What advice would you give your teenage self?
Don’t give up.
It’s so easy to get sidetracked. By the time you’re 25, there are all these pressures on you to have a career, to have a better apartment, to have an appropriate partner. The ideals of your adolescence can be left behind in the dust.
I was able to maintain my adolescence for a very long time, probably into late middle age, by basing my life around the things that are most important to me: writing, art, literature, culture, communicating. That’s the channel that I work through: culture.
In another life, I would like to be a politician.
I would like to run for local office. In this life, I’m a writer.
Describe what you do and how your career has evolved.
It’s very simple, I’m a writer.
In other times in history, it was very common and ordinary that a writer might also be an editor of an imprint, and write criticism, and teach.
I didn’t start writing seriously until 1997 with “I Love Dick.” I postponed writing for years and years, first by studying acting when I got to New York, then by making films. Then, I was married to Sylvère Lotringer, who was a tenured professor at Columbia, and his family was in France, and he accepted a lot of invitations, so we were moving around a lot. That made it difficult for me to get going on my own.
Also, because we couldn’t really afford to live in New York at one point, we were living upstate. I was kind of exiled up there in the Southern Adirondacks, but I got involved in doing videos with elementary school kids. One of my films, Traveling at Night, is about the Underground Railroad.
It’s about the impossibility of knowing anything in history.
That’s an idea that I would pick up later for the Acker biography: how incredibly unreliable memory and facts are. Who knows if the Underground Railroad existed there or not? They’d like to think so, but, unlike Vermont, where there were a lot more educated and organized people, nothing was written down.
Even in my exile, I managed to find something to get interested in, but it did impede having a more conventional art or literary career. Sylvère said to me, “Someday, you’ll look back on these years as a time when you really had a fallow and peaceful time, and you won’t regret it.” And he was right.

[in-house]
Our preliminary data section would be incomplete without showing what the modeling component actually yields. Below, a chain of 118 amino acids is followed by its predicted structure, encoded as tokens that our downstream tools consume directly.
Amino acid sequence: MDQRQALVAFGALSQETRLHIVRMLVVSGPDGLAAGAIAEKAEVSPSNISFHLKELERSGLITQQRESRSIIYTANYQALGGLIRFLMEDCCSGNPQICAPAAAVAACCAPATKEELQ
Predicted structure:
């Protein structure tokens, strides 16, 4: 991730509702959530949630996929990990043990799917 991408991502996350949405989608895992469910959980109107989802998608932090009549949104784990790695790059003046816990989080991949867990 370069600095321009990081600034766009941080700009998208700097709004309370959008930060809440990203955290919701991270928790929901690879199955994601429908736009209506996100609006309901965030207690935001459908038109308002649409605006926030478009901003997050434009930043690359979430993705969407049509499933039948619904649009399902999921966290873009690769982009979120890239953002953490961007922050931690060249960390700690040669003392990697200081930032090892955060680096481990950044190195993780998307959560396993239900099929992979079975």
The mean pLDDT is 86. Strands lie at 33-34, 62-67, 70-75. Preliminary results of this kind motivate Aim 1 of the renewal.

Your parents didn’t tell you about your Jewish background until you were an adult. Why was that and did spirituality or religion play a role in your upbringing?
There were some unpleasant things in my father’s family history that made him turn away. He had to leave school when he was 14 to support his mother who had polio. His father had died. There was not a lot of support from the relatives, and I think that hardened him and made him not just turn against those people, but against his whole background.
My parents went to an Episcopalian church. I visited that neighborhood in the Bronx recently, and it is still like an oasis of order and beauty in the midst of a very poor neighborhood. The church sits on this plot with leafy green trees, and it beckons as a more beautiful life.
I don’t know if those spiritual values were all that important to me, the ones at the Episcopal church. It seemed like an aspirational religion. Definitely an Anglophile religion. Also, kind of a smug religion.
There were not a lot of Jews in Milford, Connecticut, but my best friend was one, and not a lot of Jews in Wellington, New Zealand, but I seemed to gravitate to them. When I was 21, I come back to New York and I meet these long lost relatives who were the Glassmans and the Heinemanns. And it’s like, “Oh, we’re Jewish.”